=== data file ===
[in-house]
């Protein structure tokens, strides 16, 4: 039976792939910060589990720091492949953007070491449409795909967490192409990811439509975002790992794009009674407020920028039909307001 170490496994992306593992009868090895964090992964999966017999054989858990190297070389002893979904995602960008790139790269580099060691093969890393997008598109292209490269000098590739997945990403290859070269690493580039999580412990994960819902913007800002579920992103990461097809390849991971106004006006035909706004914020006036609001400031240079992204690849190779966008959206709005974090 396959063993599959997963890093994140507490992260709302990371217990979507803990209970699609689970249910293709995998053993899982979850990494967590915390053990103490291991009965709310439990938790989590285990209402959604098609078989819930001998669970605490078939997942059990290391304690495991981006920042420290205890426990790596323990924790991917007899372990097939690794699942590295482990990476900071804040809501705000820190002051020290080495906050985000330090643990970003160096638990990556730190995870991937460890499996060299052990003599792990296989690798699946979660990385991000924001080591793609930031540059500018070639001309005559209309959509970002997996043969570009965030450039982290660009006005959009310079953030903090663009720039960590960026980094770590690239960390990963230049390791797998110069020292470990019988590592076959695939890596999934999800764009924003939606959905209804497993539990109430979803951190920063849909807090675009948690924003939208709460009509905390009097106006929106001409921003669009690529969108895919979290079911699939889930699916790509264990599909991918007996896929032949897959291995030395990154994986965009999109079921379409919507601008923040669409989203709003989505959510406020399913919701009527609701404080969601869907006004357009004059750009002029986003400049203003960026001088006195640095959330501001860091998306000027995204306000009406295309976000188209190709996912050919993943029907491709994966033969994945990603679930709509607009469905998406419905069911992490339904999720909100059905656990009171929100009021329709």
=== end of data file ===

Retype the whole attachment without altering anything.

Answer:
[in-house]
């Protein structure tokens, strides 16, 4: 039976792939910060589990720091492949953007070491449409795909967490192409990811439509975002790992794009009674407020920028039909307001 170490496994992306593992009868090895964090992964999966017999054989858990190297070389002893979904995602960008790139790269580099060691093969890393997008598109292209490269000098590739997945990403290859070269690493580039999580412990994960819902913007800002579920992103990461097809390849991971106004006006035909706004914020006036609001400031240079992204690849190779966008959206709005974090 396959063993599959997963890093994140507490992260709302990371217990979507803990209970699609689970249910293709995998053993899982979850990494967590915390053990103490291991009965709310439990938790989590285990209402959604098609078989819930001998669970605490078939997942059990290391304690495991981006920042420290205890426990790596323990924790991917007899372990097939690794699942590295482990990476900071804040809501705000820190002051020290080495906050985000330090643990970003160096638990990556730190995870991937460890499996060299052990003599792990296989690798699946979660990385991000924001080591793609930031540059500018070639001309005559209309959509970002997996043969570009965030450039982290660009006005959009310079953030903090663009720039960590960026980094770590690239960390990963230049390791797998110069020292470990019988590592076959695939890596999934999800764009924003939606959905209804497993539990109430979803951190920063849909807090675009948690924003939208709460009509905390009097106006929106001409921003669009690529969108895919979290079911699939889930699916790509264990599909991918007996896929032949897959291995030395990154994986965009999109079921379409919507601008923040669409989203709003989505959510406020399913919701009527609701404080969601869907006004357009004059750009002029986003400049203003960026001088006195640095959330501001860091998306000027995204306000009406295309976000188209190709996912050919993943029907491709994966033969994945990603679930709509607009469905998406419905069911992490339904999720909100059905656990009171929100009021329709």